An Abundance of Katherines by John Green

four out of five dragons
four out of five dragons

This post contains affiliate links.

The covers for An Abundance of Katherines are so cool. I love all the color mixed with the white. I’m not a big fan of the cover that has a line of Katherines because it kind of makes it look like they are interchangeable and Colin doesn’t think anything like that, because they are people not dolls.

This is the book where I realized John Green is kind of a surrealist writer. The chances that Colin could have met, let alone dated, 19 Katherines by the age of 18 is pretty low especially when he includes the necessity of it being spelled the same. And if you throw in the fact that he hasn’t dated every Katherine he has met then we are definitely stretching the suspension of disbelief, but oh well.

Green’s characters are always fun and smart and likable even when they do terrible things. If I had to describe his characters I would say they are well-rounded and believably written while still being way cooler than any living person I’ve ever met. By this mean I mean that they are individuals in a way that I don’t see in the real world and maybe that’s because I’m a judgmental jerk, but it’s also partly because people fall into groups and stagnate. People are more awesome in books.

Take for example, Colin, not because he’s a child prodigy, but because he is an anagram-loving, self-educating, road tripper. I want to be a person like that. I think there are only two things I feel passionate enough about to warrant being a Green character: books and my husband. I am becoming more interesting because I decided I can do whatever the heck I want with my life. Maybe that’s what I should call my goal: Becoming as interesting as a John Green character. But until I’m “that cool” I’ll just read about crazy cool characters and love them way too much.

One of those cool characters is Hassan. He should get an award for being the coolest supporting character in a book, just saying. He is quirky bordering toward weird, but in a good way. He makes me envious of high school friendships and I’m a grown a** adult. I need book quality best friends like this.

I think one of the reasons I like this book as much as Paper Towns (people say the two are a lot alike, but that one is better than the other) is because of Colin. I like Paper Towns Quentin, but he is overshadowed by Margo whereas in Katherines we get a fully-fledged quirky human that isn’t mostly obsessed with a girl he barely knows (no offense Margo). On that same note, Colin’s intellect is fascinating and Green manages to not overwhelm us with his brain.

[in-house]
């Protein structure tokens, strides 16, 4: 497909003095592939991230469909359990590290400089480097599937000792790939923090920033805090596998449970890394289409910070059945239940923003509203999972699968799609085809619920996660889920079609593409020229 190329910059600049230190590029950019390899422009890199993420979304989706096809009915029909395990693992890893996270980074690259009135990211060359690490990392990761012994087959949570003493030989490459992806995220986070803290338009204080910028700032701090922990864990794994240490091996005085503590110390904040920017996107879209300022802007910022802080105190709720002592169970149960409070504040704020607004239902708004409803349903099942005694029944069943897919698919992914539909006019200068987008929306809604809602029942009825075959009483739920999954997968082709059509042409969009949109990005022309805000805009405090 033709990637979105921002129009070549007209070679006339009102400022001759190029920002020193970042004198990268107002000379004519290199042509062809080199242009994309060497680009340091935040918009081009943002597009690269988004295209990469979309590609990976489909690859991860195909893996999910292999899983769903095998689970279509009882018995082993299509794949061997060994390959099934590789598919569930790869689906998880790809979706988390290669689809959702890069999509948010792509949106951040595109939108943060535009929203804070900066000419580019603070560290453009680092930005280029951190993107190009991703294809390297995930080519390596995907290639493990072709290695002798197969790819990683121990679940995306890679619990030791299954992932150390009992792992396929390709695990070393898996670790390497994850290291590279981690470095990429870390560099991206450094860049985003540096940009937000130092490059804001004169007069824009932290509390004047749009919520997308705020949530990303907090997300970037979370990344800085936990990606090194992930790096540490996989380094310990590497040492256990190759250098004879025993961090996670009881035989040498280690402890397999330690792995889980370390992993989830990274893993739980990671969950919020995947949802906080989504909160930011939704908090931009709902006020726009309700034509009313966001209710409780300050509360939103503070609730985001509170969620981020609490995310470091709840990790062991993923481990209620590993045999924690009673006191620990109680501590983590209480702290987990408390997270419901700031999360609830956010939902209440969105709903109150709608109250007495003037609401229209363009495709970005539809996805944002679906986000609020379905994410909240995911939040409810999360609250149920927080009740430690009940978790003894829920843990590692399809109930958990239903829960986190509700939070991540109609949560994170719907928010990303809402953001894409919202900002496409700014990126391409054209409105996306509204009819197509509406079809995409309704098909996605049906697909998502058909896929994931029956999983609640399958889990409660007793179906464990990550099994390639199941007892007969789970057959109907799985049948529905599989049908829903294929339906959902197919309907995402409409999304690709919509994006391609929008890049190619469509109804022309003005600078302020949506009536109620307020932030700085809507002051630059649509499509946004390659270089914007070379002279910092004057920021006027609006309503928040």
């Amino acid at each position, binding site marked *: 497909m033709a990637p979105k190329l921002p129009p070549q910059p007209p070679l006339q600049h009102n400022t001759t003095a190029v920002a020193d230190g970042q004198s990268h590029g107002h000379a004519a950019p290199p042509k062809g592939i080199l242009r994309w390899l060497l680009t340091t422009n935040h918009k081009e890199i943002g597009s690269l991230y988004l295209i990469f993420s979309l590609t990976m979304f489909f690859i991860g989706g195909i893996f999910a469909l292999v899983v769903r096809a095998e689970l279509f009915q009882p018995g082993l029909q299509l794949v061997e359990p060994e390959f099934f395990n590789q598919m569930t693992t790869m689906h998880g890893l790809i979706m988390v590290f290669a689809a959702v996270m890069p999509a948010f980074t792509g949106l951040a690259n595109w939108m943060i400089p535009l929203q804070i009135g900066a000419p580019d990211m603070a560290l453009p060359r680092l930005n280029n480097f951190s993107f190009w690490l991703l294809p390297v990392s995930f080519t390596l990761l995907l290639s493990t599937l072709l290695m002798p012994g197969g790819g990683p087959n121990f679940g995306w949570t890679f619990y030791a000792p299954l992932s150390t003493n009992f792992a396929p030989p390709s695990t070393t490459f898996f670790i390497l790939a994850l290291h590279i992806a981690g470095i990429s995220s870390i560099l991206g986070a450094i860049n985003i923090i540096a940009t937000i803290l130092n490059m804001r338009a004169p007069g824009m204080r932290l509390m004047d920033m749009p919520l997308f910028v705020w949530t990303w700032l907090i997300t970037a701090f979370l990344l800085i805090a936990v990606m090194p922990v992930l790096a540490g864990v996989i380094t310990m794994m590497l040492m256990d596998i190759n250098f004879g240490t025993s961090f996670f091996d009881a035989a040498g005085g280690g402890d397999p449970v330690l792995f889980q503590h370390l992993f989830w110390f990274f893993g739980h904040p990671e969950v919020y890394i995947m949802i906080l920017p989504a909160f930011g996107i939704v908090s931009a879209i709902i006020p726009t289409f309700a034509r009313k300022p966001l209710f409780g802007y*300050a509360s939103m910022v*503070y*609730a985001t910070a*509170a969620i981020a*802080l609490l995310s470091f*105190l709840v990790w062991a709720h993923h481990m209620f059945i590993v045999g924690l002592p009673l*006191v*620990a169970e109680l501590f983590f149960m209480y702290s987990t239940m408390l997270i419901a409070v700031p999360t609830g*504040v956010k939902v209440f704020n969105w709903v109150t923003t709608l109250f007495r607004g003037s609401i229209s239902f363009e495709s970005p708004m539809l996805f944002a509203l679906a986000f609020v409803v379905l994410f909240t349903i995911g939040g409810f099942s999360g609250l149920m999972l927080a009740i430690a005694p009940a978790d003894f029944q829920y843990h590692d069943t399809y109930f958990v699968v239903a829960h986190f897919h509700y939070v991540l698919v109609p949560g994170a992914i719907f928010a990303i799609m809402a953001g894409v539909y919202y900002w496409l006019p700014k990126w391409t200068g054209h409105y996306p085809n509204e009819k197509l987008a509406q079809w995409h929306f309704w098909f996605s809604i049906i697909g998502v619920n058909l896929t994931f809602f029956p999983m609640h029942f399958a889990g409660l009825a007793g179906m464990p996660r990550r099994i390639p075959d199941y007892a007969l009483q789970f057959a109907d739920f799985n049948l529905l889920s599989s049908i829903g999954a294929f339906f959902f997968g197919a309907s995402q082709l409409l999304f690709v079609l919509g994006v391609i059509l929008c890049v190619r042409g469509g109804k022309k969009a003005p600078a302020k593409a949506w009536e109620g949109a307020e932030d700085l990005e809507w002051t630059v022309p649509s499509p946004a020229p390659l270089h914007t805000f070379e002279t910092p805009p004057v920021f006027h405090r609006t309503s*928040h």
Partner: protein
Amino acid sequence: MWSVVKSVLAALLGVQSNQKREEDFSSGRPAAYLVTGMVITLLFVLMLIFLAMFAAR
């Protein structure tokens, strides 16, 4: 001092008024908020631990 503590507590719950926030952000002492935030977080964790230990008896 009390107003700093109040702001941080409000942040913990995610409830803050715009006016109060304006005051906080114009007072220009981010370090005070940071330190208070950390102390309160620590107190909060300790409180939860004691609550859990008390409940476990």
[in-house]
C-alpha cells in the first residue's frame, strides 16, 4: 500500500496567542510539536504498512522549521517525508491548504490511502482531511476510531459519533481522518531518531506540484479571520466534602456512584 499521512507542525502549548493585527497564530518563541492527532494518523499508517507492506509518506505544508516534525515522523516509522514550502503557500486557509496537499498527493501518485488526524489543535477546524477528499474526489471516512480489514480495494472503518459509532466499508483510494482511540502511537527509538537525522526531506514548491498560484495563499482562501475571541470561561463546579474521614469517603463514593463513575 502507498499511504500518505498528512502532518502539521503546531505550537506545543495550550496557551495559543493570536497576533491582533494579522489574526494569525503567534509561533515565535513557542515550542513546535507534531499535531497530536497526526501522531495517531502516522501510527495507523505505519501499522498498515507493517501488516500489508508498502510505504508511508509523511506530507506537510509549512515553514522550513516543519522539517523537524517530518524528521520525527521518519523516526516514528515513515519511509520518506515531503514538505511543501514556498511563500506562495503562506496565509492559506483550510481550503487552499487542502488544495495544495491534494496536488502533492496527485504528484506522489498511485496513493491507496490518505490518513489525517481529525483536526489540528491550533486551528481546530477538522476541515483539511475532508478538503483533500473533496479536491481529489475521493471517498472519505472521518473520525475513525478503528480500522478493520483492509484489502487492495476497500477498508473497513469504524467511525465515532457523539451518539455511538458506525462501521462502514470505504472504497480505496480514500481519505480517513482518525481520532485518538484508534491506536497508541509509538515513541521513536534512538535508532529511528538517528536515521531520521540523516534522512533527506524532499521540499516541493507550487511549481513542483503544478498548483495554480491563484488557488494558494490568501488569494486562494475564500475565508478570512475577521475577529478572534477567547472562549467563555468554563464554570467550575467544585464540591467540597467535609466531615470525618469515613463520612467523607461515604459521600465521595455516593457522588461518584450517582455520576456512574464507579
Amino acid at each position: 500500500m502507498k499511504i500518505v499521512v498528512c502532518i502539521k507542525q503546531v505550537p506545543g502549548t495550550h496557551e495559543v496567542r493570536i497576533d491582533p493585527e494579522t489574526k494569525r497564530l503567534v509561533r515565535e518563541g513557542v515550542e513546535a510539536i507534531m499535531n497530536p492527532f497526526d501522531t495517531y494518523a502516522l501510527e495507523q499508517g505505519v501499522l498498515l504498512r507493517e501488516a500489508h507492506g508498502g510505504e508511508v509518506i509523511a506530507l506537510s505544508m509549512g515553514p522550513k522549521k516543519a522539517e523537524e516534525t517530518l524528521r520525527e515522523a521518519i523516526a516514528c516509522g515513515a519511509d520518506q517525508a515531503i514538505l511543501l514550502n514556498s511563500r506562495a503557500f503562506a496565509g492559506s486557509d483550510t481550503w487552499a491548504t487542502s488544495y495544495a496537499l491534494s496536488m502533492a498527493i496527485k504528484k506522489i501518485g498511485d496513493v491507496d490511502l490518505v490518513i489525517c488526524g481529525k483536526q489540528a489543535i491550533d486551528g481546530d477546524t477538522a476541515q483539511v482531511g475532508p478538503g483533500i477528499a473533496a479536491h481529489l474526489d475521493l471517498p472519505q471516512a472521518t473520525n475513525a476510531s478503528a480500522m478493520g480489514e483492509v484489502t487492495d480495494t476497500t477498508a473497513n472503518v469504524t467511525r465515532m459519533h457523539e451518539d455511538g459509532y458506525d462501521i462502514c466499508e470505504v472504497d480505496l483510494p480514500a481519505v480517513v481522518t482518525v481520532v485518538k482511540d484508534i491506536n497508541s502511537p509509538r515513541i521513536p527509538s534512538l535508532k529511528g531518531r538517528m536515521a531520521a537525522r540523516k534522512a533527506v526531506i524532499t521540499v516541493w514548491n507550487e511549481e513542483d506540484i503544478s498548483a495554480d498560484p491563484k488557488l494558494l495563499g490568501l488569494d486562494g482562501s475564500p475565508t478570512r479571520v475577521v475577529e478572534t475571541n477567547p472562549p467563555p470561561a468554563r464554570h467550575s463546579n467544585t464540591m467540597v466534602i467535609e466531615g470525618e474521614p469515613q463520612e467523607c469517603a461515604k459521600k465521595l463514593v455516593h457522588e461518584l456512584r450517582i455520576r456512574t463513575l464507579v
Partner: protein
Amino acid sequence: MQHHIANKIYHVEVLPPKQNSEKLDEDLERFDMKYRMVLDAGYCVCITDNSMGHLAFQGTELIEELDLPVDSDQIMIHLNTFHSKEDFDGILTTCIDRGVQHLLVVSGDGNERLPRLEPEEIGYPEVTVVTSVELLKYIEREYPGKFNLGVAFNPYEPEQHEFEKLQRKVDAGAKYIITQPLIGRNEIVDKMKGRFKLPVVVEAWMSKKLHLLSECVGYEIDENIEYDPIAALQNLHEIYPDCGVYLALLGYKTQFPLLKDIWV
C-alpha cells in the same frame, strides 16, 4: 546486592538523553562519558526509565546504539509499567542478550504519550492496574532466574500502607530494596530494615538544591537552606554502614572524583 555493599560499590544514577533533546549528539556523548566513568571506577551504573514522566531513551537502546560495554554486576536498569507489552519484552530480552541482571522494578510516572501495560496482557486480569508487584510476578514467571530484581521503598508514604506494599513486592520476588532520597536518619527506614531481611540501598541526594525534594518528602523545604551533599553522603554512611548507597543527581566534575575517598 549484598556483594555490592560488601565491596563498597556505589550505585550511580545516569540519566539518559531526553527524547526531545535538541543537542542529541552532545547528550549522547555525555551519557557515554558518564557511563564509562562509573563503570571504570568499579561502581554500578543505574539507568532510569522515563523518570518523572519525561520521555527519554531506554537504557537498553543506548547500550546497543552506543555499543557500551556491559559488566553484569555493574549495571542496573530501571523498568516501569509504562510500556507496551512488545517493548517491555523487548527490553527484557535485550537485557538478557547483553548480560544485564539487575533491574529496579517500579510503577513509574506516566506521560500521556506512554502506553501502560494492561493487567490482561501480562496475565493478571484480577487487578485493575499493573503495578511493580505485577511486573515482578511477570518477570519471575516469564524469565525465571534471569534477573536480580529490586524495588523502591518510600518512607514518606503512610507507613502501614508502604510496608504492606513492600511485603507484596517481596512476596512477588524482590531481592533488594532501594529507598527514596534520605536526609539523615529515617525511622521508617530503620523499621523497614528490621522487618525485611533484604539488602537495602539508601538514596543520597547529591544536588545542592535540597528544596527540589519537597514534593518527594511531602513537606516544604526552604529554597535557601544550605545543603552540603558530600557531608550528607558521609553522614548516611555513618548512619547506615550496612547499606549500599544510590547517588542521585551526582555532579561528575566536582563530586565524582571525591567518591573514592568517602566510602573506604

However, on the negative side of the characters I remember the main lady less in this book. Like I literally don’t remember her name off the top of my head which isn’t a great thing. I don’t know if it just that she wasn’t put on a pedestal the way some of the other John Green characters are or if she just wasn’t fleshed out the same way, but either way she became forgettable for me.

I find it hard to skip road trip books especially ones written by authors I enjoy. Road trips and especially literary road trips are the best. The only thing better than reading about a road trip is going on one and I can’t always hop in the car and run away sooo… yay for book road trips.

I really liked this book because I identified with Colin. No, I’m not a prodigy, nowhere near it but when I was in high school tons of people thought I was crazy smart. Yet all I did was decide to go to college and loads of people have done that. I think part of why people viewed me as some sort of uber-brain (with very little real reasons) is because of my brother Matt. He was always saying how smart I was and always saying I was way smarter than him. But my brother is not dumb. There’s a quote by someone (exactly who said it is being argued about all the time) “Everybody is a genius, but if you judge a fish by its ability to climb a tree, it will live its whole life believing that it is stupid.” My brother was the fish. I was the monkey excited to be on top of the tree and more than willing to preen about it in my own subdued way. It wasn’t until my second year of college that I realized I’m not as smart as I’d like to be. My brother has way more functional intelligence and was told about his amazing intellect way less. He helped make me the person (and the reader) that I am today. Also, Colin’s struggle with not living up to what everyone viewed as his potential was relatable.

I also liked Colin because he didn’t like Holden Caulfield. Not everyone has to hate Holden, but it’s still nice to read about someone disliking him. For years, he was the be all end all for teenage expression, but my generation mostly missed that. We had The Outsiders by S. E. Hinton (though this was written WELL before I was in high school or you know, born) and then about a billion books after that.

This may not be Green’s best book, but it’s still pretty great. I would recommend it for anyone who loves John Green, coming of age books, and lovable characters. And for anyone who hates Holden Caulfield or at least doesn’t mind him being disparaged.

Follow me on Instagram and Goodreads

Leave a Reply

Your email address will not be published. Required fields are marked *